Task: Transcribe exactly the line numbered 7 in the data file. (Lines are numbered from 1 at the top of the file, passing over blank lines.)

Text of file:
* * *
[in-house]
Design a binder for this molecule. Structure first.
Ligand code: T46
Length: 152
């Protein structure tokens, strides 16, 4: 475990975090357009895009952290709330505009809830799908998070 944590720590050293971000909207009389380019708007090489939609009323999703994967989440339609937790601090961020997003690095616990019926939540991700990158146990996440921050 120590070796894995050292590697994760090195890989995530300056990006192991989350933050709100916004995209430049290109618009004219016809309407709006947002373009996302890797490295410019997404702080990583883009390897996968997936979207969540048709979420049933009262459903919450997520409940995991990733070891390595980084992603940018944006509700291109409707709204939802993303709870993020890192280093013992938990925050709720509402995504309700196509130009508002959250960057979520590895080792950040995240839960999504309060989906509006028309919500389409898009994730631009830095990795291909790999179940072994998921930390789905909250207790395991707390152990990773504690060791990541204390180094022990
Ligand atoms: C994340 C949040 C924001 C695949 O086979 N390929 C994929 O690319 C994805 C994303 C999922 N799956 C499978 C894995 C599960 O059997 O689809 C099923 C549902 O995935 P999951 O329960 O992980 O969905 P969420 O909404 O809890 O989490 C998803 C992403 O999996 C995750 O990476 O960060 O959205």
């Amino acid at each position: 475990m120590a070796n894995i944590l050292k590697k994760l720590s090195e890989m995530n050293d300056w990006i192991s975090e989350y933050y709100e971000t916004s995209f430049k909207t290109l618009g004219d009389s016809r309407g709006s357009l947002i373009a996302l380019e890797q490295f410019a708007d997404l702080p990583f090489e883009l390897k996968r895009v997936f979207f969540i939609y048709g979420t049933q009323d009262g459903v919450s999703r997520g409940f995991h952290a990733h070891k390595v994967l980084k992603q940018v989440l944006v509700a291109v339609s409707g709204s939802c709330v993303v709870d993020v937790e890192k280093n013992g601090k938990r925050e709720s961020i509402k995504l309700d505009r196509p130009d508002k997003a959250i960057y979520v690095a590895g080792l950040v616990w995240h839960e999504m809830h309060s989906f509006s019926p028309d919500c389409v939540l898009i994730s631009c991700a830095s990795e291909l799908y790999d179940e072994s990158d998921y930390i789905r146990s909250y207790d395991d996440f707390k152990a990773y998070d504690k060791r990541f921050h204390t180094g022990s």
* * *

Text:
């Amino acid at each position: 475990m120590a070796n894995i944590l050292k590697k994760l720590s090195e890989m995530n050293d300056w990006i192991s975090e989350y933050y709100e971000t916004s995209f430049k909207t290109l618009g004219d009389s016809r309407g709006s357009l947002i373009a996302l380019e890797q490295f410019a708007d997404l702080p990583f090489e883009l390897k996968r895009v997936f979207f969540i939609y048709g979420t049933q009323d009262g459903v919450s999703r997520g409940f995991h952290a990733h070891k390595v994967l980084k992603q940018v989440l944006v509700a291109v339609s409707g709204s939802c709330v993303v709870d993020v937790e890192k280093n013992g601090k938990r925050e709720s961020i509402k995504l309700d505009r196509p130009d508002k997003a959250i960057y979520v690095a590895g080792l950040v616990w995240h839960e999504m809830h309060s989906f509006s019926p028309d919500c389409v939540l898009i994730s631009c991700a830095s990795e291909l799908y790999d179940e072994s990158d998921y930390i789905r146990s909250y207790d395991d996440f707390k152990a990773y998070d504690k060791r990541f921050h204390t180094g022990s």